Friday, June 22, 2007

You know you're a student drug policy activist when...

What with SSDP being generally victorious (see: previous three posts) this past week, it is time for another triumphant episode of YKYaSDPAW! (That is one hell of an acronym.)

Previous episode: #1-10

You know you're a student drug policy activist when:

  • You can easily draw one or two degrees of separation between drug policy reform and any of the other causes you support: Environment. Gay rights. Women’s rights. Worker's rights. Minority rights. Students' rights!! Health care reform. Prison reform. Foreign policy. Religious values. Readysetgo.
  • Cops support legalizing drugs. You have asked them why.
  • If it ever occurs to you that you haven’t shouted “Bullshit!” at an inanimate object for a while and you’d rather like to, you just visit an anti-drug propaganda website or review the statements made by politicians attempting to be tough on drugs.
  • You have donated to SSDP.
  • Your facebook and myspace are cluttered with drug policy friends, links, events, etc.
  • Your encyclopedic recitation of drug policy information has been a buzz kill when you’re hanging out with your friends.
  • Mike Gray, author of Drug Crazy, has kissed you on the hand. (This item is also on the list entitled “You know you win at life when…” I am a proud and somewhat flabbergasted winner.) Also, you have read a book that features a nude photo of Daniel E. Williams on the cover.
  • You forward action alerts widely. It’s not obnoxious, it’s freedom fighting! It’ll only take 30 seconds of your time, and it makes a big difference!
  • You’ve probably taken at least a total of 60 minutes of your time just telling people things will only take 30 seconds of their time. Rest assured it makes a big difference.
  • Speaking of taking 30 seconds of your time, you've taken 30 seconds of your time to email your congressmen about repealing the aid elimination penalty.

Well, that wraps up today's episode. Tune in next time for... um... you know, more of the same, but slightly different. It'll be keen.

Thursday, June 21, 2007

Rhode Island Medical Marijuana Law Now Permanent!

Rhode Island has proven itself to be one of the most successful states to pass a medical marijuana bill in the country, despite many obstacles. With Governor Donald Carcieri vetoing the Edward O. Hawkins and Thomas C. Slater Medical Marijuana Act not once but twice, the RI House of Representatives voted 58-11 to override the Governor's veto (making him look pretty silly) and make the law permanent. Rhode Island reps have really done a great deal for their constituents and listened to a Mason-Dixon poll from last September that found that 79% of Rhode Islanders support the medical marijuana program.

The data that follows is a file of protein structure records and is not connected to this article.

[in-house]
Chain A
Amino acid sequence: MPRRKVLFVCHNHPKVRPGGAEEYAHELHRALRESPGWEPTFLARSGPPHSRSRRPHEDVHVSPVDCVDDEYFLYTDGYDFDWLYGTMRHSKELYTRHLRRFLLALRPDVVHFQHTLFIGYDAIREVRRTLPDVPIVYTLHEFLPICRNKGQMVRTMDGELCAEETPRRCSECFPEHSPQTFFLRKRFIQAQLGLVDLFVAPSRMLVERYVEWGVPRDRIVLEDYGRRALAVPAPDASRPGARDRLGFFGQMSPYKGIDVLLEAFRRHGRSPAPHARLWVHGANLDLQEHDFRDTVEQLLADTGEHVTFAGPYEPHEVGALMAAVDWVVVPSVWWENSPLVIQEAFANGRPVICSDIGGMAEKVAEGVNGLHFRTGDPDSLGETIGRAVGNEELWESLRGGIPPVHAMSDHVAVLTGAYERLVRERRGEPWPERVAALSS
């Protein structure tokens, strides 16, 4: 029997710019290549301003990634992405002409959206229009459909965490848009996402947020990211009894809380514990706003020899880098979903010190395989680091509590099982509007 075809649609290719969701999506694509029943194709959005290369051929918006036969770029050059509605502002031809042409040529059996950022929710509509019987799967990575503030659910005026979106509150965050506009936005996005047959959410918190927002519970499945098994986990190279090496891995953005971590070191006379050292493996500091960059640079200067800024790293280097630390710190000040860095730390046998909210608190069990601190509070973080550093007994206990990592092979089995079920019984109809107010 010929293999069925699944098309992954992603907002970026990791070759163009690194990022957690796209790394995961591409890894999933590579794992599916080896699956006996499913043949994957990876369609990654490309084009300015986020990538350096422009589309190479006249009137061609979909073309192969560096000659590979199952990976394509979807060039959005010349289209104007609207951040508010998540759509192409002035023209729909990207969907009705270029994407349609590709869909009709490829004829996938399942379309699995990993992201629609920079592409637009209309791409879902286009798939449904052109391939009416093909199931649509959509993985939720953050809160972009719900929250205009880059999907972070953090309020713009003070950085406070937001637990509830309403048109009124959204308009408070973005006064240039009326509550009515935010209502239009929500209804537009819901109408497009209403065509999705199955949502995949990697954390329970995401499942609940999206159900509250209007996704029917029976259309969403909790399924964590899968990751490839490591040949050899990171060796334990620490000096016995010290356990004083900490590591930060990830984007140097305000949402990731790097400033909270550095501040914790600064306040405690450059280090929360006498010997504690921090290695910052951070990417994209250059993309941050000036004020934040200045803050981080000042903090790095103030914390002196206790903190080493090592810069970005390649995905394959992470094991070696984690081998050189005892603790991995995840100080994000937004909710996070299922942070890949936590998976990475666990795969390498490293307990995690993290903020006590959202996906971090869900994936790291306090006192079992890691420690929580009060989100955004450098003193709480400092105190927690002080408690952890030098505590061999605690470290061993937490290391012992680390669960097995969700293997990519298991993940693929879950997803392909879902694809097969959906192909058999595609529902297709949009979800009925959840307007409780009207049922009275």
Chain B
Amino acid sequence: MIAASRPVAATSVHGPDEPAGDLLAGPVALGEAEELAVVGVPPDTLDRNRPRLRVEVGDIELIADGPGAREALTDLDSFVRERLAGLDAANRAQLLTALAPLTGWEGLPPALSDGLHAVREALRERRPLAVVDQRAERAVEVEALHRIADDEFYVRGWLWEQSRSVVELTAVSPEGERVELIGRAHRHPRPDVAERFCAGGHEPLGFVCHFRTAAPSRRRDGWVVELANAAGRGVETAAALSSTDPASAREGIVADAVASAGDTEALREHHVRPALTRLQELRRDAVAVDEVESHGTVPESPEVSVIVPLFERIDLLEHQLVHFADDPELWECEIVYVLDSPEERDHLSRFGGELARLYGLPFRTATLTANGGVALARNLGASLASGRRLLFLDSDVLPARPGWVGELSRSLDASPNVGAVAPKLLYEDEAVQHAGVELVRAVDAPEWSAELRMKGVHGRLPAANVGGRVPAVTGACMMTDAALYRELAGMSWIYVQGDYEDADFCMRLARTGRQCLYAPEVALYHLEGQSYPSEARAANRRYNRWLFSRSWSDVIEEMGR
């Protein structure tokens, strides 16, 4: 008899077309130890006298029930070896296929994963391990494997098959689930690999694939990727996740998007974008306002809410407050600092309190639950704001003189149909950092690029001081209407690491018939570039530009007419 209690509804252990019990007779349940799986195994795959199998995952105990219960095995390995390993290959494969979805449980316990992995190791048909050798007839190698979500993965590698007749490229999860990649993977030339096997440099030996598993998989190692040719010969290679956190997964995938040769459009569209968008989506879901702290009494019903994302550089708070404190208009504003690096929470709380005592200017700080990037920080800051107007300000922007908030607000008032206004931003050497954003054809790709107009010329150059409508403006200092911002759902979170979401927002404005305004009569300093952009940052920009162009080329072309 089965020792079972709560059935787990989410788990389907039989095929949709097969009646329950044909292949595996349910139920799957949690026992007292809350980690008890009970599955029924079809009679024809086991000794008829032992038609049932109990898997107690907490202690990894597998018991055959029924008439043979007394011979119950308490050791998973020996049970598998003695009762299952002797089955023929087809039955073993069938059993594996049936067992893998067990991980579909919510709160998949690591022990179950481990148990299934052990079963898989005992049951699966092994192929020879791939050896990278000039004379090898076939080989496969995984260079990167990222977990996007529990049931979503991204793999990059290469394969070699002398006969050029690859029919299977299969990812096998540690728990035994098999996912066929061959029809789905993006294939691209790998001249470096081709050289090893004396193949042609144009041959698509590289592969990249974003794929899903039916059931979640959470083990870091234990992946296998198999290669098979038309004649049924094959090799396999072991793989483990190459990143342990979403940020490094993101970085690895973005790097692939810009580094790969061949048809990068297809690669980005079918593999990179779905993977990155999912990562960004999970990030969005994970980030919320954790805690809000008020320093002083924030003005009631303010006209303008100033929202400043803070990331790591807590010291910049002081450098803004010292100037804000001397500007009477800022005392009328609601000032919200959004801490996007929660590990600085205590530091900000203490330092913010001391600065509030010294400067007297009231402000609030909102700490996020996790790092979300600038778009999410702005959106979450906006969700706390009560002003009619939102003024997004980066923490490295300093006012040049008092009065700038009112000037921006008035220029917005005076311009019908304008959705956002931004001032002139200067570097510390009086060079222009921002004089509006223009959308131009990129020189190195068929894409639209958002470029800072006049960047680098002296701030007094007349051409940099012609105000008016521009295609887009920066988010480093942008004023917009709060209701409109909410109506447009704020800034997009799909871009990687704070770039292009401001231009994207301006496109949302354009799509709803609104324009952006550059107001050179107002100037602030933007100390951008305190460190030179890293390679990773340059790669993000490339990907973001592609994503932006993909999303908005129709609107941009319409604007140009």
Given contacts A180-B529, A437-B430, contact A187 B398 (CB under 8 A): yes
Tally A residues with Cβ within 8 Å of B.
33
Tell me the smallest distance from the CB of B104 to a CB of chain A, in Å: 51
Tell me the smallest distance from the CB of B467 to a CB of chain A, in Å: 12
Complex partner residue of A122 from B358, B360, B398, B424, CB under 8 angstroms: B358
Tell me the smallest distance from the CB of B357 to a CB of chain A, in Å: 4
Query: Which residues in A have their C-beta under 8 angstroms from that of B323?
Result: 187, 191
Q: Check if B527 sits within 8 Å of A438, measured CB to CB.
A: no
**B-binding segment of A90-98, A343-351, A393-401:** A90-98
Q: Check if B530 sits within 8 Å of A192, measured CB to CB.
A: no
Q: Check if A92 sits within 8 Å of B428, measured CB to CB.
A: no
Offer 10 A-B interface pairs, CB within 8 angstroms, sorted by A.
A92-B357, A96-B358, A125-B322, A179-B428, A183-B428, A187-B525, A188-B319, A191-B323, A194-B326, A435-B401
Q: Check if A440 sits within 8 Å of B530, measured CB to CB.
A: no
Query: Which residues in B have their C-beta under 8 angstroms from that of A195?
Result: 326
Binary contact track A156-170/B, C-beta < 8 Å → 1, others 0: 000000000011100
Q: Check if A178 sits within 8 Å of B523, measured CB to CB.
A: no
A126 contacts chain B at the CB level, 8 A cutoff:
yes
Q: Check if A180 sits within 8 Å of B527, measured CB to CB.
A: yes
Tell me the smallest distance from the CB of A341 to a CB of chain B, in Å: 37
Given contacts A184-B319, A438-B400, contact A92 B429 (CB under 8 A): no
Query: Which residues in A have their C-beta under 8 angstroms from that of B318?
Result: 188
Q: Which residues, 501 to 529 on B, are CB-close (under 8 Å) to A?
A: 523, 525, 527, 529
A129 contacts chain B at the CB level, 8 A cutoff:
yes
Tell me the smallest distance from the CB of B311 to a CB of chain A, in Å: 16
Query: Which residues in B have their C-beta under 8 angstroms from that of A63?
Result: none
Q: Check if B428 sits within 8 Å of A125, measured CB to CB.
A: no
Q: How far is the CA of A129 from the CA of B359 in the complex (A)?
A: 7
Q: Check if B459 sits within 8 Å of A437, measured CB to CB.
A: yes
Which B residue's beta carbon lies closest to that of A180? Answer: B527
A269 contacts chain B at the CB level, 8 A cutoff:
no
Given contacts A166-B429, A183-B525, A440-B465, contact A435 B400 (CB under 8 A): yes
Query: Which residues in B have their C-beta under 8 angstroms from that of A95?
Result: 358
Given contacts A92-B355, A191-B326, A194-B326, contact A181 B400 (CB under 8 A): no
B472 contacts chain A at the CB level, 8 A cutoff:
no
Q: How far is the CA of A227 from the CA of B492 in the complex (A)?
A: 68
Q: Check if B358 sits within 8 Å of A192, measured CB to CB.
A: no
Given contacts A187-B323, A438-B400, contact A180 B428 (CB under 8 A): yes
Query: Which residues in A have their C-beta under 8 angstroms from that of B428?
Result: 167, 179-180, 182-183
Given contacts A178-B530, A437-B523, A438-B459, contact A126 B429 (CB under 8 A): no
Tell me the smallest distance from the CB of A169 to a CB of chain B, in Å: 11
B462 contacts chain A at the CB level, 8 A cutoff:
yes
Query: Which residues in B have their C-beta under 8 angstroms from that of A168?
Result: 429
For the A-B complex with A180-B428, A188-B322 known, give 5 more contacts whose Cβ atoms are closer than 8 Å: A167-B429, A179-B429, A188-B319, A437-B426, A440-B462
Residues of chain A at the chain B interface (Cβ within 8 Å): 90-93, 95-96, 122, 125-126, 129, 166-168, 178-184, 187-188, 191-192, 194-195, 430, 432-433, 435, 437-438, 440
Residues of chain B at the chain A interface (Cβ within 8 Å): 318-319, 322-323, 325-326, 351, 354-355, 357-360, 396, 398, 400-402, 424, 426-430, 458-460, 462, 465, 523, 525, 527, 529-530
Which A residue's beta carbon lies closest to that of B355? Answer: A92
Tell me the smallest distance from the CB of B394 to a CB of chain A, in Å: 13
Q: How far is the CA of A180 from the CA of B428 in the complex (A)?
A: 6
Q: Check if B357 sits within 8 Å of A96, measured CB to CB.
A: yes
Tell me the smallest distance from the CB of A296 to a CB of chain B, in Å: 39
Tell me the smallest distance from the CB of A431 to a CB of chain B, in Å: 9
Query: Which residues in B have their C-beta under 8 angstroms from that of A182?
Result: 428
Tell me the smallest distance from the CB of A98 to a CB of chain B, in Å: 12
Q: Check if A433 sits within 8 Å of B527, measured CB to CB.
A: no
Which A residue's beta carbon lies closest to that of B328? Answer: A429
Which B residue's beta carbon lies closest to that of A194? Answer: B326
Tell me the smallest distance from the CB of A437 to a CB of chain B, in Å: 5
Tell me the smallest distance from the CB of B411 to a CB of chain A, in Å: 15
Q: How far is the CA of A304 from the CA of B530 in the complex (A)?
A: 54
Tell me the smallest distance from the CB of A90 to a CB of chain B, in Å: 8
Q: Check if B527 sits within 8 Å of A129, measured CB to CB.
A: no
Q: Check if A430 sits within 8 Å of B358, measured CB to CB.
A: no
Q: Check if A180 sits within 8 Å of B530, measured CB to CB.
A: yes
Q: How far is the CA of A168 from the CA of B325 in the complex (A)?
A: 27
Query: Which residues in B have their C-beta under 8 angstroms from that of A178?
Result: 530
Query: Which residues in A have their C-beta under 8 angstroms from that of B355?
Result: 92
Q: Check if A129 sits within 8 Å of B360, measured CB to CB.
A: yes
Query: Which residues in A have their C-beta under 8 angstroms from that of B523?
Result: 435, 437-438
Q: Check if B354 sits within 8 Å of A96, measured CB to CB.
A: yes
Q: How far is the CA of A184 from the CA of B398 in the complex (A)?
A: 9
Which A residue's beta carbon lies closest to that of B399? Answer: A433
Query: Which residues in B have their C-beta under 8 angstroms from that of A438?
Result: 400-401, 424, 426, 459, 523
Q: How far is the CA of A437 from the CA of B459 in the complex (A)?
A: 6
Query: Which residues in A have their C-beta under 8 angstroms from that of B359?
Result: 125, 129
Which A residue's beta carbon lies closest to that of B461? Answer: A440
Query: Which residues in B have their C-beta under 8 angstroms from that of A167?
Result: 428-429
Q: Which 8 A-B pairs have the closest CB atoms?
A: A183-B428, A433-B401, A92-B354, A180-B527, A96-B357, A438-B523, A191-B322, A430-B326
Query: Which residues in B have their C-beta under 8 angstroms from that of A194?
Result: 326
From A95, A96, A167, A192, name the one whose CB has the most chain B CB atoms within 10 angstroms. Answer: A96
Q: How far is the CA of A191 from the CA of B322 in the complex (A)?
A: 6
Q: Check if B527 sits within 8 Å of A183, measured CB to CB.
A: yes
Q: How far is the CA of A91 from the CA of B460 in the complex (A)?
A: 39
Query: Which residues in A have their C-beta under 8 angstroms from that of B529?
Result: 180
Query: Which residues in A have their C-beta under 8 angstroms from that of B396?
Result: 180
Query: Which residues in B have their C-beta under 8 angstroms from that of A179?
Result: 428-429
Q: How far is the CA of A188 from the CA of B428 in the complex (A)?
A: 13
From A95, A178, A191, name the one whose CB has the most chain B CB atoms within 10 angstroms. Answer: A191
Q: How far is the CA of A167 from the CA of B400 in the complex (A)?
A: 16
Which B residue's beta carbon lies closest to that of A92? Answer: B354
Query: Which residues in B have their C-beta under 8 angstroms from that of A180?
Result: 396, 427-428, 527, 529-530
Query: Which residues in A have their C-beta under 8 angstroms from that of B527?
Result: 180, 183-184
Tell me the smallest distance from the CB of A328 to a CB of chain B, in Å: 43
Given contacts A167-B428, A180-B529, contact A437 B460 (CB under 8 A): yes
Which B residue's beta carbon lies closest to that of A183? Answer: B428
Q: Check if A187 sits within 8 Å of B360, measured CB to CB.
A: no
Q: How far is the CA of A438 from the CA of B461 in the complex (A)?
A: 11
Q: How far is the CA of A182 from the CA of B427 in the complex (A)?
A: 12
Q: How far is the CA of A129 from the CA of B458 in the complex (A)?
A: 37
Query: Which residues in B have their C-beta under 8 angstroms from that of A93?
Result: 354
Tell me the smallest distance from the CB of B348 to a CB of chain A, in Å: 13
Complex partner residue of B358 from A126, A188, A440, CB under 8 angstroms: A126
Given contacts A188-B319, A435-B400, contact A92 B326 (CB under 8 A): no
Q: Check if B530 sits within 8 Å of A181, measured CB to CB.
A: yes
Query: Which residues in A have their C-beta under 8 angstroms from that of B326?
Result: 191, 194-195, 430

RI Patient and MPP's 2006 Activist of the Year Rhonda O'Donnel had this to say:
"Our legislature has stood with the scientific and medical community to ensure that I and hundreds of other seriously ill Rhode Islanders don't have to live in fear," said Rhonda O'Donnell, R.N., a multiple sclerosis patient who was the first to sign up for Rhode Island's program. "But the job won't be finished until every patient in every state who needs medical marijuana has complete protection. It's time for every state legislature and the U.S. Congress to change cruel and unscientific laws that criminalize the sick."
Without the Rhode Island Patients Advocacy Coalition (RIPAC) and MPP this law would not have made such great progress and most importantly RI patients would have no where to turn for help. Please consider making a donation to RIPAC to ensure that this progress does not stop!

As a RI native and a current RIPAC intern, I cannot explain how happy I am to see this become a permanent law and to witness firsthand that if you work hard enough your representatives will listen to you! No Rhode Islander knows this better than RIPAC Executive Director Jesse Stout (who also happens to be High Times "Freedom Fighter of the Month") ! Congratulations Jesse, RIPAC, and all the RI medical marijuana patients that will benefit from tonights vote!